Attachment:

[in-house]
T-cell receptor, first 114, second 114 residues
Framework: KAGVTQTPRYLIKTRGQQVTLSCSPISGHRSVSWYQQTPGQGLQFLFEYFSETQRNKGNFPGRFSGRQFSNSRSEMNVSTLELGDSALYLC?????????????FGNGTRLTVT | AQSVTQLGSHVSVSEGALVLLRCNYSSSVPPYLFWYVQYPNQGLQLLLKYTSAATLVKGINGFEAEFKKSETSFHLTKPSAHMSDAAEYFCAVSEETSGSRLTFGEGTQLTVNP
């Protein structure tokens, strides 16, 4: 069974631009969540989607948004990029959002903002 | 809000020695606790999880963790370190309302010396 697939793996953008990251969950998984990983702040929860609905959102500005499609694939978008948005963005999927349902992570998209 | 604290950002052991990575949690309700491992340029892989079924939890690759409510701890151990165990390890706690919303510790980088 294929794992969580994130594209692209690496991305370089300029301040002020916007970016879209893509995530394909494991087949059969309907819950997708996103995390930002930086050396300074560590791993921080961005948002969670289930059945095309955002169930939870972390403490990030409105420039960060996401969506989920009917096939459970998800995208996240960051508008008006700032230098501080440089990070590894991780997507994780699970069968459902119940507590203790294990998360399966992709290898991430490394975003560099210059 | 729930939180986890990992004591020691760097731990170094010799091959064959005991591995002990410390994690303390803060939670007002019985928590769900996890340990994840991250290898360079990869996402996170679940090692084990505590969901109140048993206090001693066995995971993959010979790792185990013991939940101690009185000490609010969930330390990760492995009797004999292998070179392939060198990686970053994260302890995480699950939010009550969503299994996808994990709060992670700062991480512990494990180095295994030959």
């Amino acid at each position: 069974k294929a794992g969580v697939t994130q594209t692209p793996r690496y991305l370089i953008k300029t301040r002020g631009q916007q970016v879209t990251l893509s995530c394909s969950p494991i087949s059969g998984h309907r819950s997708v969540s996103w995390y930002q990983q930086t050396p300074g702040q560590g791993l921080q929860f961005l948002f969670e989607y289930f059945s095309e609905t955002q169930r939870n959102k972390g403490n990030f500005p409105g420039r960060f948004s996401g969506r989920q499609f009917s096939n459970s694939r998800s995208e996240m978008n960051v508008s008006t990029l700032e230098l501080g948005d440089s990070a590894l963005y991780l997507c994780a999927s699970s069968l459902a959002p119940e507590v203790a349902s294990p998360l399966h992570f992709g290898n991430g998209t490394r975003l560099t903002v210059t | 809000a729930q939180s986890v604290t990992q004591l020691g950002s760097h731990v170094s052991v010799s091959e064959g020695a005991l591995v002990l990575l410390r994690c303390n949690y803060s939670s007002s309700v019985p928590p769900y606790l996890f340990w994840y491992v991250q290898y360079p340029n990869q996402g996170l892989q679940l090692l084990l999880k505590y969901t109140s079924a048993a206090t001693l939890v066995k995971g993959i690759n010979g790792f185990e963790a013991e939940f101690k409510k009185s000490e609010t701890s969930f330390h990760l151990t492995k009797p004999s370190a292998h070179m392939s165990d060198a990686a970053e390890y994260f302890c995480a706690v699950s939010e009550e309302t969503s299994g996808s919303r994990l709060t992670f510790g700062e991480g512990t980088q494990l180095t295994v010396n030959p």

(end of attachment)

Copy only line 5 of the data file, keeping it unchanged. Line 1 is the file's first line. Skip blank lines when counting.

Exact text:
């Amino acid at each position: 069974k294929a794992g969580v697939t994130q594209t692209p793996r690496y991305l370089i953008k300029t301040r002020g631009q916007q970016v879209t990251l893509s995530c394909s969950p494991i087949s059969g998984h309907r819950s997708v969540s996103w995390y930002q990983q930086t050396p300074g702040q560590g791993l921080q929860f961005l948002f969670e989607y289930f059945s095309e609905t955002q169930r939870n959102k972390g403490n990030f500005p409105g420039r960060f948004s996401g969506r989920q499609f009917s096939n459970s694939r998800s995208e996240m978008n960051v508008s008006t990029l700032e230098l501080g948005d440089s990070a590894l963005y991780l997507c994780a999927s699970s069968l459902a959002p119940e507590v203790a349902s294990p998360l399966h992570f992709g290898n991430g998209t490394r975003l560099t903002v210059t | 809000a729930q939180s986890v604290t990992q004591l020691g950002s760097h731990v170094s052991v010799s091959e064959g020695a005991l591995v002990l990575l410390r994690c303390n949690y803060s939670s007002s309700v019985p928590p769900y606790l996890f340990w994840y491992v991250q290898y360079p340029n990869q996402g996170l892989q679940l090692l084990l999880k505590y969901t109140s079924a048993a206090t001693l939890v066995k995971g993959i690759n010979g790792f185990e963790a013991e939940f101690k409510k009185s000490e609010t701890s969930f330390h990760l151990t492995k009797p004999s370190a292998h070179m392939s165990d060198a990686a970053e390890y994260f302890c995480a706690v699950s939010e009550e309302t969503s299994g996808s919303r994990l709060t992670f510790g700062e991480g512990t980088q494990l180095t295994v010396n030959p």